Local entrepreneurs’ celebratory biz a sign of the times
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Hey there, time traveller!
This article was published 24/05/2022 (251 days ago), so information in it may no longer be current.
When Susie Freedman Tapper was planning her daughter’s 16th birthday last winter, she never would have guessed it would lead to a new business venture.
Since an indoor party for her daughter, Maddy, wasn’t an option, owing to pandemic-related restrictions, Freedman Tapper had to get creative. An online search lit her fuse.
“I didn’t want (Maddy’s) birthday to pass by without making a big deal out of turning 16,” she says. “It was in the midst of the pandemic and everyone was house-bound. I wanted to make a sign because people were starting to do those drive-by birthday parades.”
Local sign options were available but Freedman Tapper wanted something different. A quick online search revealed that the yard card sign industry is booming in the U.S.
You’ve likely seen them in your neighbourhood — large, colourful displays used to celebrate different occasions, such as birthdays, engagements, anniversaries and new additions to the family.
“I thought, ‘This is a great idea. It’s not a huge investment of money or time to get started because there are vendors that make (the signs) in the U.S.,’” she says.
Freedman Tapper saw an opportunity to bring some much-needed joy to not only her 16-year-old daughter but also to fellow Winnipeggers celebrating milestones
“You can start your inventory small and build it. So I called Shannon at midnight and told her about it.”
Shannon Golding is Freedman Tapper’s friend of more than 30 years and her business partner.
“So many times we’ve sat down and said, ‘Wouldn’t it be good if we could start our own business?’” Golding says. “One night at midnight, Susie called and asked me to look at this thing on Pinterest. So, we looked at (the signs) and in an instant, we were like, ‘OK, let’s order them and see what happens.’”
Leveraging her background in graphic design, Freedman Tapper created a unique look for her daughter’s birthday sign. Golding started social media accounts, shared photos online and boom — Bling My Lawn was born.
“We use Instagram, Facebook and word of mouth — that’s all it’s ever been,” Freedman Tapper says. “And we’ve made a website.”
Despite a lack of major advertising, news of the business spread like wildfire — so much so that the duo had to hire people to help install the signs.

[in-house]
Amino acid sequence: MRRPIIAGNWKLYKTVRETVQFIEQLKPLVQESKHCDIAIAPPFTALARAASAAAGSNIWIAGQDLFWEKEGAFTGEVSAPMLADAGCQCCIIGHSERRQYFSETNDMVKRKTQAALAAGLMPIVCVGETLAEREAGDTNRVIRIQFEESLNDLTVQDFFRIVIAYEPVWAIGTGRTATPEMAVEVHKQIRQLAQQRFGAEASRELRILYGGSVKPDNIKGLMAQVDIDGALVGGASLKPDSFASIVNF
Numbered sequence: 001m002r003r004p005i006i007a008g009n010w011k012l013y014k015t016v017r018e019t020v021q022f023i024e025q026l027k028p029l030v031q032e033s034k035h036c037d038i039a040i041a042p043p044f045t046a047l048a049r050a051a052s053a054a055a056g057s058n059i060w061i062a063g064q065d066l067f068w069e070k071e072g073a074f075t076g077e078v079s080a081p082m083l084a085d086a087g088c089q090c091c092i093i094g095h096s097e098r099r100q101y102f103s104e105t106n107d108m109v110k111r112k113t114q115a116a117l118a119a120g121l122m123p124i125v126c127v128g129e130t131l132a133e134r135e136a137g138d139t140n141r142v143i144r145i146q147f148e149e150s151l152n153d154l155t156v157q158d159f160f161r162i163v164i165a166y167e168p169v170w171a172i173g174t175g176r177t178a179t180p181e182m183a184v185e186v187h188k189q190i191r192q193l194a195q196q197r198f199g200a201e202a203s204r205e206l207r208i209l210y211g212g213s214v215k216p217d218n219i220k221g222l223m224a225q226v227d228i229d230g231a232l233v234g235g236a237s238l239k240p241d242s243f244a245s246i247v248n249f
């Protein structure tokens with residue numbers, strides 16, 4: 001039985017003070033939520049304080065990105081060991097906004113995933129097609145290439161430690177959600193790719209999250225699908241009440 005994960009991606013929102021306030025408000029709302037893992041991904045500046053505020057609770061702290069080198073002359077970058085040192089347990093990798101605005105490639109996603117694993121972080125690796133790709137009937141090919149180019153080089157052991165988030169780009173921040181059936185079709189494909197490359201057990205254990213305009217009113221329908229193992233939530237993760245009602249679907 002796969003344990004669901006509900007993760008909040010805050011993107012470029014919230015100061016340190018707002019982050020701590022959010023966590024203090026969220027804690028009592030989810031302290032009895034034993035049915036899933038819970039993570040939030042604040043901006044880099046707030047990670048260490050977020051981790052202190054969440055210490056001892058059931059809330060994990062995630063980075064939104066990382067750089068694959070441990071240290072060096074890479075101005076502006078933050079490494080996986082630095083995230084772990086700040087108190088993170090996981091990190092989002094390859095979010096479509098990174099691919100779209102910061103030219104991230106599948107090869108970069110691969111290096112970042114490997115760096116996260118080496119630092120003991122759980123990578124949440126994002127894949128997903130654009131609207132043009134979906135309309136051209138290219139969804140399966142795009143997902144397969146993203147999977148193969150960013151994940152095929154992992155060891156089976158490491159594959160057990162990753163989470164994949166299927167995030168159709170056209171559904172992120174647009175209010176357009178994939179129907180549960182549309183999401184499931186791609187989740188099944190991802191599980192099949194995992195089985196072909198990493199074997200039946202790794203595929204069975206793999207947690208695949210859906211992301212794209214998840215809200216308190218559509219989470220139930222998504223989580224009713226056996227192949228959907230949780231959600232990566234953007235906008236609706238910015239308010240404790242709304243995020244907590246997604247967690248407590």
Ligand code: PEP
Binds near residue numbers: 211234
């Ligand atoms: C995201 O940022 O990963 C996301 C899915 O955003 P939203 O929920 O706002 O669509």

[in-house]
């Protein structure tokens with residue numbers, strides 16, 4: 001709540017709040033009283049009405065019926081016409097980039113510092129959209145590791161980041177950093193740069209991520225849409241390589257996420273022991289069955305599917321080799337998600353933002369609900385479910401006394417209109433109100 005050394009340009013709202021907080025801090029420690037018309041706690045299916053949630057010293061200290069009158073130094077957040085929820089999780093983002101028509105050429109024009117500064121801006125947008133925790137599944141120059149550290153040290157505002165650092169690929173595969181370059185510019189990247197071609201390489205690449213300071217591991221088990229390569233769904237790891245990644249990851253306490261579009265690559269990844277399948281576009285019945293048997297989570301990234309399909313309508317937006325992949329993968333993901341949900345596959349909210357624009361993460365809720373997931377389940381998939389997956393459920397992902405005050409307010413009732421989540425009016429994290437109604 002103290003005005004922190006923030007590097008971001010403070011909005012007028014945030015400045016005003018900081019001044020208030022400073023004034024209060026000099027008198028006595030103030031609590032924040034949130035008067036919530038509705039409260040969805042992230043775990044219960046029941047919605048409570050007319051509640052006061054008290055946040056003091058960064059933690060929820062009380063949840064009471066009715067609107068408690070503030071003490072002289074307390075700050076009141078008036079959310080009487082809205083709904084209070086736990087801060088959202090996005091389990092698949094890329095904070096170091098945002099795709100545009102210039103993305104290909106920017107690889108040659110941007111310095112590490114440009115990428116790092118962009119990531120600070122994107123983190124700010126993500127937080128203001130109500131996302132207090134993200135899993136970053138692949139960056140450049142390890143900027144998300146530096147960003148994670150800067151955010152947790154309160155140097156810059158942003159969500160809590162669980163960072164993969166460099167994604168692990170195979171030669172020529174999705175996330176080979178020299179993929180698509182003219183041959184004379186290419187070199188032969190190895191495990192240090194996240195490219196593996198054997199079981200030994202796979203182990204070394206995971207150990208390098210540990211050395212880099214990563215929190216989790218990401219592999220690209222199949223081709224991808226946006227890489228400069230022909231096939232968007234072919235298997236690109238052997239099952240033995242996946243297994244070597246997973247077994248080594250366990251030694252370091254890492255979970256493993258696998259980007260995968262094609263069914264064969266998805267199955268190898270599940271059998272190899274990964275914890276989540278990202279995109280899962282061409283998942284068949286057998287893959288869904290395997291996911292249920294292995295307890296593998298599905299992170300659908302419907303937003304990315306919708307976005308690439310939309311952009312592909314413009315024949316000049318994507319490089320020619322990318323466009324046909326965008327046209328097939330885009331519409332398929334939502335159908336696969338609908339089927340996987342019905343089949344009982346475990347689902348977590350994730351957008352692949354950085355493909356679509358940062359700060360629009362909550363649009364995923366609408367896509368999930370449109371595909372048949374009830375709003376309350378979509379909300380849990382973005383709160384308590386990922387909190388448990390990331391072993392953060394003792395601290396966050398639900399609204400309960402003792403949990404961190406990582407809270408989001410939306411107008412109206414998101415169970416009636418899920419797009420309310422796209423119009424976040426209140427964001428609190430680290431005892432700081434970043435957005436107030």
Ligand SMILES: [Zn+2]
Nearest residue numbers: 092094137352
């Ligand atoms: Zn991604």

Freedman Tapper and Golding rent their yard signs starting at $150 for a basic model up to $185 for a “luxe” sign, which includes a fuller display. Every sign has optional add-ons, such as additional numbers and letters, custom keepsakes and LED spotlights.
They do outdoor signs in the winter, too.
“Rain, rain, snow, sleet, these signs can withstand (anything).”
Inventory was initially stored in Freedman Tapper’s basement but as the business grew, she quickly realized they needed more room. Last September, they officially moved into an office with additional space.
What began as a pandemic-inspired venture has evolved beyond just outdoor signs. The duo now creates indoor sign displays for parties and fundraisers, a division they call “Bling My Bash.”
“We’ve evolved into event decor. We can do centrepieces, which we’ve done for weddings and bar and bat mitzvahs.”
The expansion has convinced Freedman Tapper and Golding to change their business name to simply “Bling,” which will encompass both Bling My Lawn and Bling My Bash.
Since their first day 18 months ago, Bling has done 375 indoor and outdoor signs.
Prior to being a business owner, Freedman Tapper dabbled in film production. But she wanted to find something new that would give her flexibility with her husband and two kids.
“I was looking for something that could be my own,” she says. “I was tired of everyone asking how my children and husband were and never asking me about what I’m doing, because I didn’t have my own thing.
“So, I was searching for my own thing and we found it with Bling. Wait, does that rhyme?”
One of the business’s best parts is being able to share positive experiences with their customers.
“During COVID, we all needed a little piece of happiness and to see our kids happy,” Freedman Tapper says. “This was really the best job. All we did was bring people happiness and everything was about celebrating.”
Golding says the business also helped them navigate through the pandemic.
“We had something to focus on when everyone else was in their house. And, frankly, nobody was in a good mood. We were all stuck at home and the kids were doing school from home and it was chaos,” Golding says. “But (Susie and I) were busy and always on the go. We were together all the time, outside in the freezing cold, but we were so happy because we were able to get out of the house and celebrate milestones.”
Starting this business enabled Freedman Tapper to be a role model to her two teenage daughters.
“I want my girls to see me doing lots of things. Moms are the hardest working people ever and we have to juggle five million things,” she says.
Now, people are asking Freedman Tapper’s family about “her thing,” which is Bling.
“Our families think it’s great and they’re proud. My husband has people come to his office and say, ‘We ordered a sign from your wife’s business.’ Now, they’re talking to him about me.”
Sabrina Carnevale is a freelance writer and communications specialist, and former reporter and broadcaster who is a health enthusiast. She writes a twice-monthly column focusing on wellness and fitness.